A Tesla Model 3 owner is thanking his electric sedan’s driver-assist system for saving him from getting sideswiped on the freeway. Surprisingly, the Model 3 owner only realized this hours after the incident happened, when he was reviewing footage from his vehicle’s built-in dashcam.
Jeff McQuinn had only taken delivery of his Tesla Model 3 a couple of days before his vehicle was involved in the close call. While driving on the freeway during moderately heavy rain on Autopilot, McQuinn felt his Model 3 swerve into an adjacent lane. He initially thought nothing much of the incident, attributing his Model 3’s rather bizarre behavior to something that might have affected Autopilot.
Based on the footage of the incident, it was evident that the Model 3 actually avoided a potential accident after a truck in an adjacent lane swerved into the electric sedan’s lane. This resulted in the Tesla engaging evasive maneuvers to avoid the other vehicle. The Model 3 owner described his experience in the description of his vehicle’s dashcam footage, which he shared on YouTube.
“My Tesla Model 3 was only two days old, and it saved me from getting sideswiped in moderately heavy rain. I first thought there was something wrong with my car, or Autopilot was not working well in the rain when it swerved hard into the other lane. It gave all the warnings, but I thought maybe rain got onto the camera lens. It wasn’t until I looked at the dashcam (footage) that (I realized that) it saved me (from) a moderate accident,” McQuinn wrote.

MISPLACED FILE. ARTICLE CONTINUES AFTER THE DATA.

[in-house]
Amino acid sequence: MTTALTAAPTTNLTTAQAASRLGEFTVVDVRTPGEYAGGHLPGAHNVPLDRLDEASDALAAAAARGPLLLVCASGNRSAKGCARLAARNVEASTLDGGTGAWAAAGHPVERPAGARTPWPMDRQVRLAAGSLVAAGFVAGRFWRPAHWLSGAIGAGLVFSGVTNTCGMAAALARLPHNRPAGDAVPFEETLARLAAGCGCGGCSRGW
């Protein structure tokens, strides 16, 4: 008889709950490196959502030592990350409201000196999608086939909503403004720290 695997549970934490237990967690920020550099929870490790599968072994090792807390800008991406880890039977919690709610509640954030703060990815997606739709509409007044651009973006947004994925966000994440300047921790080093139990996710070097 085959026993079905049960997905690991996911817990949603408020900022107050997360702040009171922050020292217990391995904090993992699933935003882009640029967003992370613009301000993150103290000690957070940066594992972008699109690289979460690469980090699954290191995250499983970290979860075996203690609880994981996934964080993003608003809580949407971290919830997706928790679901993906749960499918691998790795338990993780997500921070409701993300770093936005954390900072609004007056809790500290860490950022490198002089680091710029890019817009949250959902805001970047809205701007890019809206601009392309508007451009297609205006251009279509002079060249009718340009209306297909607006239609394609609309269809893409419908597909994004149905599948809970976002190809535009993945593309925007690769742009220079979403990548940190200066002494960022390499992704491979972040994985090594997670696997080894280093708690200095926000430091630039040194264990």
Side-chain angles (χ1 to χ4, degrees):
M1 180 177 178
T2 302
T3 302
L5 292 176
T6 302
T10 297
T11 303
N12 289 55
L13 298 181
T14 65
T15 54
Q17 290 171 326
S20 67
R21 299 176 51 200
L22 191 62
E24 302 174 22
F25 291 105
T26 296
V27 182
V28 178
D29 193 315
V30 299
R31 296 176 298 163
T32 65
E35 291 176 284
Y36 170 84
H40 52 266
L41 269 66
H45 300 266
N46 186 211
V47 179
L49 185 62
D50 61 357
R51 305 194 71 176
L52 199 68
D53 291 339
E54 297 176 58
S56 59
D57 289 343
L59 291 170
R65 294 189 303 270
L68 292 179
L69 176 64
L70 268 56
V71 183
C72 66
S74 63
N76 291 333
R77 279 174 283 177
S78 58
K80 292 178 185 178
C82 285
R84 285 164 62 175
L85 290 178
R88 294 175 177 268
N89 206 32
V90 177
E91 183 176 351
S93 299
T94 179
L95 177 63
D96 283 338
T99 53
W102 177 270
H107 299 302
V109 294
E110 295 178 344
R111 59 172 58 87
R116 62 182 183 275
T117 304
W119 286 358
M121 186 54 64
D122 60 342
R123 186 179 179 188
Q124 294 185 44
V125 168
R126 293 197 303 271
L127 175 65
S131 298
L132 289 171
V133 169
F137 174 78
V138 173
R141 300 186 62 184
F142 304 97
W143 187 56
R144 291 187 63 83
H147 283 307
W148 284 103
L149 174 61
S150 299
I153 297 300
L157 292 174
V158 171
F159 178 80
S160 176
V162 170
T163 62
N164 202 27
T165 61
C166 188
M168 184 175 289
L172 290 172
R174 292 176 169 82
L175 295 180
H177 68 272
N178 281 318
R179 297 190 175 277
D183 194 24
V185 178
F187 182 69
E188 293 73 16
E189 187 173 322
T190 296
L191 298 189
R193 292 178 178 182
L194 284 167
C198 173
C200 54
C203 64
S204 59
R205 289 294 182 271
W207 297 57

More than a convenient driver-assist system, Tesla’s Autopilot is a safety system designed to protect drivers on the road. Autopilot uses a suite of cameras, radar, and ultrasonic sensors, and artificial intelligence to observe a vehicle’s surroundings, and all these came into play when McQuinn’s Model 3 avoided getting sideswiped by the truck. Ultimately, the Model 3 owner’s experience is something that would likely become more common in the future, as Tesla rolls out more vehicles with Autopilot as a standard feature.
Tesla has been releasing vehicle safety reports for Autopilot over the past quarters, and so far, results suggest that the driver-assist system makes driving significantly safer. In the first quarter of 2019, for example, Tesla registered one accident for every 2.87 million miles driven in which drivers had Autopilot engaged, while one accident for every 1.76 million miles driven was recorded for vehicles that did not have Autopilot engaged. By comparison, the NHTSA’s most recent data reveals that in the United States, there is an automobile crash every 436,000 miles.
Watch a Tesla Model 3 on Autopilot save its owner from a potential accident in the video below.